Spirit of Dragonflies, LLC

Kripalu Mindfulness Outdoor Experience Guide & Life Coach – Get Outside. Go Within.


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WPC – Danger

This week, share a photo that says Danger! to you.* A view down the steep hill you’re about to bike, the last piece of cake that’s in danger of being eaten, signage in your town warning you about gigantic sword-toting shrubbery — there are lots of places you can take this, not all of them scary. I’m girding my loins!

“It’s logic: The more forests die, the less carbon they take out of the air, the warmer it gets, the more forests die.” ~ Dr. Nate McDowell, Los Alamos National Laboratory ~

Danger! to me is watching the haphazard destruction of the forests from Albany north to the Adirondacks. It makes me wonder if people have gone mad in their quest to control the environment and line their pockets. Yes, we all need to eat and have homes, but where does the greed and destruction end?

The area in these photos is near my home and was a beautiful wooded area, one of the reasons I chose to live here. A beautiful treed area with ponds and hiking trails it was home to deer, turkey, rabbits, fox, woodchucks, birds, butterflies and many other wildlife enjoyed this as their home. Many local people hiked through the trails for years before I relocated here.

“The trees are our lungs, the rivers our circulation, the air our breath, and the earth our body.” ~ Deepak Chopra ~

Over the last few months, the area has been clearcut. It is sad to witness this destruction of such a beautiful area.

I called to ask why they were clear cutting, the sign says preservation. This doesn’t look like preservation to me. It isn’t my land so I really have no say, yet my heart aches watching the destruction. Danger! Wildlife Habitat Restoration – Preserve Commission apparently does not mean preservation of trees or the land.

The trees absorbed the stench of the landfill as well as the fumes and the noise pollution from the two nearby merging highways. Now anyone living in the area is exposed to the constant roaring of cars driving on the highways and the stench of the landfill fills the air. The gentleman on the phone said it hurt him to cut down the oak tree. My question was, why would you cut down a perfectly healthy oak tree? He shared they are returning the area to the way it was 75 years ago – a time when the pine bush grew in the area. He assured me that the wildlife living in the area found a new place to live and will return once the bush grows (in 6-7 years). I asked where he thought the wildlife would have found to live in the suburban sprawl of malls, strip malls, highways, and traffic congestion. He didn’t have an answer for that one. He said I would enjoy it once the shrubs have grown and I assured him I wouldn’t be living in the area that long.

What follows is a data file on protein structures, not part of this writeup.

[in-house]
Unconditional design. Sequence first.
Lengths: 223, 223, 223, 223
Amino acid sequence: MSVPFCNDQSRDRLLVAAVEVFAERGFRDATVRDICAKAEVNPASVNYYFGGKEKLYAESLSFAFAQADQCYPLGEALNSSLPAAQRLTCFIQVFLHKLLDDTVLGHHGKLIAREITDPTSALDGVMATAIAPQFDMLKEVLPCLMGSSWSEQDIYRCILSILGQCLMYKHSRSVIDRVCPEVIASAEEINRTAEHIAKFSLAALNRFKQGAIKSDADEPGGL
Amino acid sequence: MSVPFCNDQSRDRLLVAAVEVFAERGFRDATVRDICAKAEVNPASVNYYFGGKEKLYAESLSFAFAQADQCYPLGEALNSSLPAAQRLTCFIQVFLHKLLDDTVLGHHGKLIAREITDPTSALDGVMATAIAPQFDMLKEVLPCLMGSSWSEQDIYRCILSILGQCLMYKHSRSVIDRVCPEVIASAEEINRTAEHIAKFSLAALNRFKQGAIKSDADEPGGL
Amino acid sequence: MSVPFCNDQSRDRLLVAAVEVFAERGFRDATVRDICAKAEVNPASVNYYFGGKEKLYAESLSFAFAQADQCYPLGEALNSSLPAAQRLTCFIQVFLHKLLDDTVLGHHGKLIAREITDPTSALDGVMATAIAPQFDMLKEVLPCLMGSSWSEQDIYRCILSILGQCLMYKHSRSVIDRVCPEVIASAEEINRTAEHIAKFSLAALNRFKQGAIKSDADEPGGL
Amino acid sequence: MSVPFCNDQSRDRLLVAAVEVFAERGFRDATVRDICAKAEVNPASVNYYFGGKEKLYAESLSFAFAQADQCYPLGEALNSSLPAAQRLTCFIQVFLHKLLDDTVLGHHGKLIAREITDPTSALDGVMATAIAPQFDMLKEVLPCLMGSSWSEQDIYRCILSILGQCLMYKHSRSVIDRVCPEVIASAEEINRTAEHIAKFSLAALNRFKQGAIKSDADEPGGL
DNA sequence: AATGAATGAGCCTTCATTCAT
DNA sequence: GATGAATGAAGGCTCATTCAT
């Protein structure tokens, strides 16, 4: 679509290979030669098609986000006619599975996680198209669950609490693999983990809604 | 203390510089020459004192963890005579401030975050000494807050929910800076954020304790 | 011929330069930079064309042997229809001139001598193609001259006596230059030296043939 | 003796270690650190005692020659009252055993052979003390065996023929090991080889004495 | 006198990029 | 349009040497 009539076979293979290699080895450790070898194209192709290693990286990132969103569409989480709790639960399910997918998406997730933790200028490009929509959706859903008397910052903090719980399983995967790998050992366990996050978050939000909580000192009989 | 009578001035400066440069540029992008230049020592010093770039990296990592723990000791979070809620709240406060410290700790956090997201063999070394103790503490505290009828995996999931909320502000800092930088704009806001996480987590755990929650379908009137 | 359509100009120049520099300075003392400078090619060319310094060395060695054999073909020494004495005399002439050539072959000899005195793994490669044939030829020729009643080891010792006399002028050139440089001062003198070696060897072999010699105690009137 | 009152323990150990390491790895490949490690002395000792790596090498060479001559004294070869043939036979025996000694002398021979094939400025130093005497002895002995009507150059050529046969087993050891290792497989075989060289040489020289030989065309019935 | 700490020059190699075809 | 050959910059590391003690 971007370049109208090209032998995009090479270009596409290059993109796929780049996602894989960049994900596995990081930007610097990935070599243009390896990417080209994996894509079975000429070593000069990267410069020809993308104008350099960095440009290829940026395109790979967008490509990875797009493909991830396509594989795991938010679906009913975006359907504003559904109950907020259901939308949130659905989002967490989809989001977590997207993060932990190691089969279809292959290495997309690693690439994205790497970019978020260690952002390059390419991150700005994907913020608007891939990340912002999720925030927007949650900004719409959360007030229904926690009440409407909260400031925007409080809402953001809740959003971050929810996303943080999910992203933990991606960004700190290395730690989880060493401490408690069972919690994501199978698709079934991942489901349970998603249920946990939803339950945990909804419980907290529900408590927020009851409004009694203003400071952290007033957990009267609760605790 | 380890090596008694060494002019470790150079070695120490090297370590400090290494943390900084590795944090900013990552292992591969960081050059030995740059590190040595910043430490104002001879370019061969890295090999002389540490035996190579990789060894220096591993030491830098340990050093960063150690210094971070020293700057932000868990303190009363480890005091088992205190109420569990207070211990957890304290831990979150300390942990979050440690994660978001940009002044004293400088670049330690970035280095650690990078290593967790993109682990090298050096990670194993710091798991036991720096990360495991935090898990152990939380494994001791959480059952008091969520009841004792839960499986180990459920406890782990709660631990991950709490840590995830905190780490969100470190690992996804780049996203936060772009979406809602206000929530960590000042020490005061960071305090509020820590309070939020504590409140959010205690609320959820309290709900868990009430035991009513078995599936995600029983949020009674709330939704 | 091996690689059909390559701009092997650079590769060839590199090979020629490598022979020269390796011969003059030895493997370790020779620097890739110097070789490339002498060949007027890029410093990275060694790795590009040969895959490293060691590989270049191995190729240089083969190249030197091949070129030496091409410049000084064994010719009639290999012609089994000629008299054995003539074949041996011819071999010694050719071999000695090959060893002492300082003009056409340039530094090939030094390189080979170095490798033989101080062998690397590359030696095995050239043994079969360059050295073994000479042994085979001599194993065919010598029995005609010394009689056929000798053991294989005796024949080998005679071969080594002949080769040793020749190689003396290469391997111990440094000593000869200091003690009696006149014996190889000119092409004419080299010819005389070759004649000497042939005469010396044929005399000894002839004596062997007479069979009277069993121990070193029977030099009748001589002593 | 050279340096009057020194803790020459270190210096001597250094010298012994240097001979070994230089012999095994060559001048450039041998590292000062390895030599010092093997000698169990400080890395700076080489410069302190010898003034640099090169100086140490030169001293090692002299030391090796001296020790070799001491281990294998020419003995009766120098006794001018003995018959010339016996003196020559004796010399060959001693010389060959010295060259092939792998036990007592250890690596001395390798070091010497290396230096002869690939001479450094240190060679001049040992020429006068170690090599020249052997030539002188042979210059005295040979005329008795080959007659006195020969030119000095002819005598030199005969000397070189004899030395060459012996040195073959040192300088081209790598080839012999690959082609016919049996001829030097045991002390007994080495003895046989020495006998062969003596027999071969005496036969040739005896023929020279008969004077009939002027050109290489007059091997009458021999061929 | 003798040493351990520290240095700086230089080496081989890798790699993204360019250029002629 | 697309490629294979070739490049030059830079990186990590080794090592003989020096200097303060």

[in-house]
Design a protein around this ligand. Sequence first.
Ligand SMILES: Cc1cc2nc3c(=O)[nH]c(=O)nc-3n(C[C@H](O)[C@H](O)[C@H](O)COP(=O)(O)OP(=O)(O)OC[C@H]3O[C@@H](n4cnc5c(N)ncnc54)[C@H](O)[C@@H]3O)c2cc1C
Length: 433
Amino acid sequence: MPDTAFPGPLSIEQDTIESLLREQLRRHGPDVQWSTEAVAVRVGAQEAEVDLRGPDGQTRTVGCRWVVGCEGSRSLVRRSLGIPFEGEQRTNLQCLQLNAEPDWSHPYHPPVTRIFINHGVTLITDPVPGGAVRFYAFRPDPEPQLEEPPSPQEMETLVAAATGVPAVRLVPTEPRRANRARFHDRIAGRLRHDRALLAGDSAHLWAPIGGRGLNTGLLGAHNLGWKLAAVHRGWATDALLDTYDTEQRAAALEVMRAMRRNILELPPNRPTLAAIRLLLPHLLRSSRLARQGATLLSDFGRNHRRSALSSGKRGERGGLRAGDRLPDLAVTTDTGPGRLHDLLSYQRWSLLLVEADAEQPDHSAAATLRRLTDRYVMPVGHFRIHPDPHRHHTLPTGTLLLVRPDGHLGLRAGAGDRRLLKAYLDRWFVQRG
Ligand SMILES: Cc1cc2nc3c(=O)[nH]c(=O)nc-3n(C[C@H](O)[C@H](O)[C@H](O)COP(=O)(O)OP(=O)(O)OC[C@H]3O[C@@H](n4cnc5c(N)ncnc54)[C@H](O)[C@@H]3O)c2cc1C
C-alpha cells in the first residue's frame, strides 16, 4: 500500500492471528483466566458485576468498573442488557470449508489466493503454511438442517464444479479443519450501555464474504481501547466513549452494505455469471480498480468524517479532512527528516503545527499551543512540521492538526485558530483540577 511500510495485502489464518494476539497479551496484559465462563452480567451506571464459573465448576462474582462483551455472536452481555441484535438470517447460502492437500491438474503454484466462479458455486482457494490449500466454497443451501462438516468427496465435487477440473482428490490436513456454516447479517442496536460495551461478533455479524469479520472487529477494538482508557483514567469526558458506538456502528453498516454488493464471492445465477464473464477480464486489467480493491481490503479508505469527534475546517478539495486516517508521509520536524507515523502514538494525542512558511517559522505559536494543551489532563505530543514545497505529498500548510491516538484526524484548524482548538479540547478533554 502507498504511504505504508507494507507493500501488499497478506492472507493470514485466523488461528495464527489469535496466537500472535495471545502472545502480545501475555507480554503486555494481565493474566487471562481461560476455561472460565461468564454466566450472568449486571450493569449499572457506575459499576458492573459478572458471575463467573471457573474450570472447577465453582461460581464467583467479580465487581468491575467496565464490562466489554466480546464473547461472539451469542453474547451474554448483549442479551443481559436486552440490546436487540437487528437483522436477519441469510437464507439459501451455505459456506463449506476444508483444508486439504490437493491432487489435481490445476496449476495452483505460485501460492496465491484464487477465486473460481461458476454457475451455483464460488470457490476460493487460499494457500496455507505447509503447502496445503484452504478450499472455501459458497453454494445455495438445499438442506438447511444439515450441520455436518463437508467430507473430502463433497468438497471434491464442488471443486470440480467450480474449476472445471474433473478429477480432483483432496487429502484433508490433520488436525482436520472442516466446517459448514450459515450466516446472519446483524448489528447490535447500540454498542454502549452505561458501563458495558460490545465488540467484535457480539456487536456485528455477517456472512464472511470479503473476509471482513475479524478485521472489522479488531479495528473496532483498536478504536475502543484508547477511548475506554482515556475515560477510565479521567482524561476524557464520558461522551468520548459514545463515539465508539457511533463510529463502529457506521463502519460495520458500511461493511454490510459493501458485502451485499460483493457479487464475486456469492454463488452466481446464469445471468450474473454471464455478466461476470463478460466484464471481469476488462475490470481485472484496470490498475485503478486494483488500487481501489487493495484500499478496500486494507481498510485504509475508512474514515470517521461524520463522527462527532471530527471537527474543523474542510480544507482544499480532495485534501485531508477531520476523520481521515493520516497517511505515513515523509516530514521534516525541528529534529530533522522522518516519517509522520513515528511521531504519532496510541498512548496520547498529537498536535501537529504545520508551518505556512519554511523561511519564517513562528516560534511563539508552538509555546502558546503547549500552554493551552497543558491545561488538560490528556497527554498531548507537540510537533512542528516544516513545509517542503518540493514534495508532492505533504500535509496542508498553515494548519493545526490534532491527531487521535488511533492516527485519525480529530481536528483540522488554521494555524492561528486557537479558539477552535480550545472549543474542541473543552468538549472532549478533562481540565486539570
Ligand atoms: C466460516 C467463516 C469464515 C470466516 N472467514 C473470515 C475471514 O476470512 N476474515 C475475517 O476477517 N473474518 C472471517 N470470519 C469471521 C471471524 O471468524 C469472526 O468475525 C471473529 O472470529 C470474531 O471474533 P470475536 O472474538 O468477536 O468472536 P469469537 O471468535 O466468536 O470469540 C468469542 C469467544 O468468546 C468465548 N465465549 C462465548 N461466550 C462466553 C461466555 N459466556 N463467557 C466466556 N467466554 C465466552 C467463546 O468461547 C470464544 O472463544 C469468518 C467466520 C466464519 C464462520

Danger! to wildlife in the area, any remaining trees will be felled by the end of summer so I hope they have found a way to protect themselves for the next 6-7 years.

I still have hope for a wake-up call to all those who do not understand the importance of the trees and the fact that they are our lungs, our shade, our coolness in the summer and protection in the winter. An awareness that clear cutting and destruction of the forests, especially old growth forest, is not something that can be easily repaired. It will take decades if not centuries to restore. With the current administration in the United States, I am not sure what will happen to our natural habitat but I pray for an awakening and transformation in mindset to one of balancing the importance of maintaining a healthy environment with the material needs of the population. All the money in the world will not replace the need for a healthy environment.

Today, I dream of a world filled with a variety of trees lining the streets, filling the parks, shading playgrounds, thriving old growth forests, and a preservation of natural habitat.

What can you do? Teach your children the importance of maintaining a balance with nature and bring them into natural settings to learn about trees, fungi, soil, nature . . . Read books –  The Hidden Life of Trees: What They Feel, How They Communicate by Peter Wohlleben; The Long, Long Life of Trees by Fiona Stafford or  Last Child in the Woods: Saving Our Children from Nature-Deficit Disorder by Richard Louv to name a few. Take a walk in nature and connect with the trees and wildlife. Slow down, revitalize your spirit in nature.

Love and Light!

If you would like to view additional photos for this week’s challenge or would like to enter your own photos, click on the link below.

https://dailypost.wordpress.com/photo-challenges/danger/

 


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The Pleasure of Play!

A snapshot of one afternoon with children.

Yesterday I had the pleasure of sharing time with my sister, brother-in-law and their granddaughters, my great-nieces. This was a special treat. The girls live in CT and when they do come to visit my sister, there generally isn’t time for them to travel to my home. That is what made this visit so special.

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Standing tall

 

Play time

Play time

 

Many sisters argue and fight almost constantly throughout the day, especially when they share bedrooms. Just don’t let anyone come in-between them – that’s when their true love rises to the surface. I have four sisters myself and growing up we had some verbal and physical altercations, especially the three youngest of the group. But, let anyone say something nasty or do anything to the other sister and we would come together in a heart beat to protect and comfort one another. I was the youngest of the five girls with a fourteen year span between the oldest and myself. I started Kindergarten the same year my older two sister’s graduated high school. My poor Dad, living in a house of five daughters. It could not have been easy, except it did place him in the position of King of the household and we all cherished him.